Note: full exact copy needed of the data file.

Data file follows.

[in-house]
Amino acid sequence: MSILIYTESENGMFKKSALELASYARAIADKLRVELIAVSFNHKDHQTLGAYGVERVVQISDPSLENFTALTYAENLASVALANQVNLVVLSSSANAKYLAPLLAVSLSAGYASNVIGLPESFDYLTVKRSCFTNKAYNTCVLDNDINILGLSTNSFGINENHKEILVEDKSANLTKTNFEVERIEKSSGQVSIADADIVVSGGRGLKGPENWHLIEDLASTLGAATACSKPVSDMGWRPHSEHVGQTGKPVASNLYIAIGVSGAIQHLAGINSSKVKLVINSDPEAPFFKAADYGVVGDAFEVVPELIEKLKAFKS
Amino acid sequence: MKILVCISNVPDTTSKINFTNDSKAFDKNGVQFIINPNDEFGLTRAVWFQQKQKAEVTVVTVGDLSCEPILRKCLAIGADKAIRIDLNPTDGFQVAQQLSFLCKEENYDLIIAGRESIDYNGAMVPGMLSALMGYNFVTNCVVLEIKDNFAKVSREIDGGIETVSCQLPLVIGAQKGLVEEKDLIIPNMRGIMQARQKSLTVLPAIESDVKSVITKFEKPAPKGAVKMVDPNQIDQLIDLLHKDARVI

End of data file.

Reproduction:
[in-house]
Amino acid sequence: MSILIYTESENGMFKKSALELASYARAIADKLRVELIAVSFNHKDHQTLGAYGVERVVQISDPSLENFTALTYAENLASVALANQVNLVVLSSSANAKYLAPLLAVSLSAGYASNVIGLPESFDYLTVKRSCFTNKAYNTCVLDNDINILGLSTNSFGINENHKEILVEDKSANLTKTNFEVERIEKSSGQVSIADADIVVSGGRGLKGPENWHLIEDLASTLGAATACSKPVSDMGWRPHSEHVGQTGKPVASNLYIAIGVSGAIQHLAGINSSKVKLVINSDPEAPFFKAADYGVVGDAFEVVPELIEKLKAFKS
Amino acid sequence: MKILVCISNVPDTTSKINFTNDSKAFDKNGVQFIINPNDEFGLTRAVWFQQKQKAEVTVVTVGDLSCEPILRKCLAIGADKAIRIDLNPTDGFQVAQQLSFLCKEENYDLIIAGRESIDYNGAMVPGMLSALMGYNFVTNCVVLEIKDNFAKVSREIDGGIETVSCQLPLVIGAQKGLVEEKDLIIPNMRGIMQARQKSLTVLPAIESDVKSVITKFEKPAPKGAVKMVDPNQIDQLIDLLHKDARVI